Spotted In China: Porsche 944S In Black
Published on January 28, 2017 by Tycho de Feijter
An extremely sleek Porsche 944S, Spotted in China in a showroom in the far west of Beijing. The German race machine was in extremely good shape, perfectly maintained, smooth in its black paint, and completely original down until the alloys.
The 944S was in the good company of a Ferrari 348TS and a 512TR, more about these two in two other posts. All three cars belong to a collector who also owns a company that trades in specialty vehicles like ambulances and police vans. He also used to trade (fleet) in passenger cars of Shanghai-Volkswagen, Mazda, and Honda. Cars of those brands were once displayed in the showroom, but when that business stopped he put these three there, plus a completely standard Audi A6L.
The Porsche 944 was manufactured from 1982 until 1991. It was imported into China in 1995. It has black license plates of Guangdong Province, more than 2000 kilometers to the southwest of Beijing.
Black license plates were issued to foreign owned companies from the 1980’s to the early 00’s. These companies could buy a car locally, and they were also allowed to import their own cars.
In the old days black-plated cars had some privileges comparable to diplomatic cars; no police officer would dare to stop them and they could basically park wherever they wanted without fear of a fine.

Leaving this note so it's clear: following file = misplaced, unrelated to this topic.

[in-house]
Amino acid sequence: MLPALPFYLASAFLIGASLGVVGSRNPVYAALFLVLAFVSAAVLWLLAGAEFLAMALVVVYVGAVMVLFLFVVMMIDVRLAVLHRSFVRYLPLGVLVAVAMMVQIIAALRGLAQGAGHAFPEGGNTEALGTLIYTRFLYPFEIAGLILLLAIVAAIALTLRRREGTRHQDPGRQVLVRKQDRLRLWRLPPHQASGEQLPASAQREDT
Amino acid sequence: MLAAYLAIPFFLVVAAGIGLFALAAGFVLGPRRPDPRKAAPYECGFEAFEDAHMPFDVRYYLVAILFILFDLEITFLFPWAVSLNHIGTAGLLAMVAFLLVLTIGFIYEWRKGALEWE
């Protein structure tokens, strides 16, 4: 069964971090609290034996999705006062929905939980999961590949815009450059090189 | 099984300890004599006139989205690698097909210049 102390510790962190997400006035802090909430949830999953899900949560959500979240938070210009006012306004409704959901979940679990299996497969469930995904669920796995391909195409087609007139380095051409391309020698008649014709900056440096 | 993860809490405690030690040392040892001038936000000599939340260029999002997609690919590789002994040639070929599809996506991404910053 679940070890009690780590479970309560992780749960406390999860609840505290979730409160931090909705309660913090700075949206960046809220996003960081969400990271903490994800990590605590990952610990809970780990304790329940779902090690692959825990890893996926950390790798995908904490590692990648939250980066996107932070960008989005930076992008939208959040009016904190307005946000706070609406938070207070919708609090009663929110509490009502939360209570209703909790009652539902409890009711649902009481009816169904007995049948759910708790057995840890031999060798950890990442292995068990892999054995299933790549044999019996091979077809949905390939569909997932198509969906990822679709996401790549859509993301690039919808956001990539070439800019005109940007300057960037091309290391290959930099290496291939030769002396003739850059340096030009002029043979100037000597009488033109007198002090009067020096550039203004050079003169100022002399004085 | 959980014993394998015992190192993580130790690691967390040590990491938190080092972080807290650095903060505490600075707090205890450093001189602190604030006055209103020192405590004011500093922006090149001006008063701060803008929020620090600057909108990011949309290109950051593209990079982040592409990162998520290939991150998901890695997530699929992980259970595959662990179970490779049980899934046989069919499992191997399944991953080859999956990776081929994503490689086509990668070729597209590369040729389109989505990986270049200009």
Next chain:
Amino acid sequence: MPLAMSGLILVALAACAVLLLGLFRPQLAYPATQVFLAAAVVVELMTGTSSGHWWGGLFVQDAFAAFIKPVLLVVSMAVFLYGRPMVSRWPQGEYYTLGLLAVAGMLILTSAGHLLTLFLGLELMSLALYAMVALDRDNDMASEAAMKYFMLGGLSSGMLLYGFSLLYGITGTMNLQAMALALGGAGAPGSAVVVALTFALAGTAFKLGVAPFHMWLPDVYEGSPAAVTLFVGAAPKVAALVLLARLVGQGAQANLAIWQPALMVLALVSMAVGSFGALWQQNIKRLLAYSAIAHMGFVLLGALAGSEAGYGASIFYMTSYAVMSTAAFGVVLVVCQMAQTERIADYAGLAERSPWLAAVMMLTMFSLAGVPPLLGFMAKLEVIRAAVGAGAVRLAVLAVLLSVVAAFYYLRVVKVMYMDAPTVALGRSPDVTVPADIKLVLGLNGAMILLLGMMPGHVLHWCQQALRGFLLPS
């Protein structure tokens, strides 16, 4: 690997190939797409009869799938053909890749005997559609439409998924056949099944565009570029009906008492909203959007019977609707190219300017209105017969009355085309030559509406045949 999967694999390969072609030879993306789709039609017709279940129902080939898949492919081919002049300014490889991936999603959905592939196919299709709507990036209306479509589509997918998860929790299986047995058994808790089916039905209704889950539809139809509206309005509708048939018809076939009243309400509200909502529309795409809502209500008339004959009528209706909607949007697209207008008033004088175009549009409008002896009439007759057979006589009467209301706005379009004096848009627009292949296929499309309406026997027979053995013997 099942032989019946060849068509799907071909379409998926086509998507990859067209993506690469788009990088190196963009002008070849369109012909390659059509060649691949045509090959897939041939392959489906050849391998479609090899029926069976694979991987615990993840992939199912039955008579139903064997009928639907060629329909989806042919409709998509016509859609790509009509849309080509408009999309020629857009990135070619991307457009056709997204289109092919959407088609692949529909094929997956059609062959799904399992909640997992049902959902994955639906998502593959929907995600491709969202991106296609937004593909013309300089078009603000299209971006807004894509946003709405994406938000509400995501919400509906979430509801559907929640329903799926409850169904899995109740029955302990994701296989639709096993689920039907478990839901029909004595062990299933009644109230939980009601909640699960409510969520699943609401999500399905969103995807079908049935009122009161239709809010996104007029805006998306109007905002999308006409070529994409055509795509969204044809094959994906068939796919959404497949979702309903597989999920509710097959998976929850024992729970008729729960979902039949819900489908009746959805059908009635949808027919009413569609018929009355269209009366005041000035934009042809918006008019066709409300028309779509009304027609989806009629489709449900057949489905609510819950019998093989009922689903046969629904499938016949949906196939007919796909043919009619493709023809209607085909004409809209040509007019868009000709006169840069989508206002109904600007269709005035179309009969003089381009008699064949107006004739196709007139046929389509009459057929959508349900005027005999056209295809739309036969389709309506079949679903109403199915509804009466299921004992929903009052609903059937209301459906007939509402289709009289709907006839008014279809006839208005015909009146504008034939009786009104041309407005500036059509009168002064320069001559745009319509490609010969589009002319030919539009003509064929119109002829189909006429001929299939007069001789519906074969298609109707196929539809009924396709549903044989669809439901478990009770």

Nowadays, a black-plated car is counted just like all the others. The government does not issue new black plates anymore but those who have one can keep it until eternity.
The 944S debuted in 1987. ‘S’ stood for Super. It was an extra sporty version of the base 944. It came with a hot ‘n smoking 16-valve 2.5 liter M44/40 four-cylinder engine, good for 190 horsepower. The engine was mated to a 3-speed (!!!) automatic of a five-speed manual.
This badge in very interesting. It says 16 Ventiler, which is French, meaning 16 valves. This car thus was likely originally sold in France, and somehow made its way to China. Sadly I was unable to find out more.
There was only one person in the showroom, a female receptionist who literally tried to hide between her desk when she saw me coming in. This is quite normal in China and I didn’t really care because she didn’t bother me at all when I shot my shots. I was in the shop for about an hour. When I was done piccing I bumped into he desk and she looked at me like I was evil. I asked her about the cars and she told me what I told you, but didn’t know anything else.
The original alloys with a pretty Porsche badge in the middle.
The interior was in super good shape, note the Porsche badging on the seats, just brilliant. It has the five-speed manual, the original-famous steering wheel, and, strangely, a non-smoking sticker.
Ultra short stick. The stereo has a cassette deck and a six-CD changer.
The original period alarm-system PORSCHE sticker on the window.
The after-market pipe tips sticks out far from under the bumper. Not pretty but it looked period, so I guess that makes it kinda cool.
The S does look speedy.
Guangdong Province black license plate.
She got to get out of that showroom and onto the road to ride!
With many thanks to Sam for leading the way.